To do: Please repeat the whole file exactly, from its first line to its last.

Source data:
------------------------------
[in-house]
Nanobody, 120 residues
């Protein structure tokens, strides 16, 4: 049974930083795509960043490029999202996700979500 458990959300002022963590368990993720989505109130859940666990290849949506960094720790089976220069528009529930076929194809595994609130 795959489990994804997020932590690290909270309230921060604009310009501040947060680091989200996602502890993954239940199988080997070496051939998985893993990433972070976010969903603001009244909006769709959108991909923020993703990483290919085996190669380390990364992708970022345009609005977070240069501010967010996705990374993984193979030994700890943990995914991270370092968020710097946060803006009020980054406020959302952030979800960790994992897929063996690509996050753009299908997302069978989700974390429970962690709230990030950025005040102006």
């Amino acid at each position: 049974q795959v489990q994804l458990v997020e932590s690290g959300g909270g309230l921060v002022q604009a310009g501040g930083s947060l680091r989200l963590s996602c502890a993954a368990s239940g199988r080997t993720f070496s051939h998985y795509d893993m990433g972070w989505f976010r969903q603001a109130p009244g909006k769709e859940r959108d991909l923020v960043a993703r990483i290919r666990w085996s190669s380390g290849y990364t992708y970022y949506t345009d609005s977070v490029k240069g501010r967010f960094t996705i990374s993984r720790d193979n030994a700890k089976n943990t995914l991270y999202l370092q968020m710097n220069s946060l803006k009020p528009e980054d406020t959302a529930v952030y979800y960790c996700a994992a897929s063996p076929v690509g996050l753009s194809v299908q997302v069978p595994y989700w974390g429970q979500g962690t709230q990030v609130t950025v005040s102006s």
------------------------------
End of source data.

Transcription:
[in-house]
Nanobody, 120 residues
């Protein structure tokens, strides 16, 4: 049974930083795509960043490029999202996700979500 458990959300002022963590368990993720989505109130859940666990290849949506960094720790089976220069528009529930076929194809595994609130 795959489990994804997020932590690290909270309230921060604009310009501040947060680091989200996602502890993954239940199988080997070496051939998985893993990433972070976010969903603001009244909006769709959108991909923020993703990483290919085996190669380390990364992708970022345009609005977070240069501010967010996705990374993984193979030994700890943990995914991270370092968020710097946060803006009020980054406020959302952030979800960790994992897929063996690509996050753009299908997302069978989700974390429970962690709230990030950025005040102006």
């Amino acid at each position: 049974q795959v489990q994804l458990v997020e932590s690290g959300g909270g309230l921060v002022q604009a310009g501040g930083s947060l680091r989200l963590s996602c502890a993954a368990s239940g199988r080997t993720f070496s051939h998985y795509d893993m990433g972070w989505f976010r969903q603001a109130p009244g909006k769709e859940r959108d991909l923020v960043a993703r990483i290919r666990w085996s190669s380390g290849y990364t992708y970022y949506t345009d609005s977070v490029k240069g501010r967010f960094t996705i990374s993984r720790d193979n030994a700890k089976n943990t995914l991270y999202l370092q968020m710097n220069s946060l803006k009020p528009e980054d406020t959302a529930v952030y979800y960790c996700a994992a897929s063996p076929v690509g996050l753009s194809v299908q997302v069978p595994y989700w974390g429970q979500g962690t709230q990030v609130t950025v005040s102006s």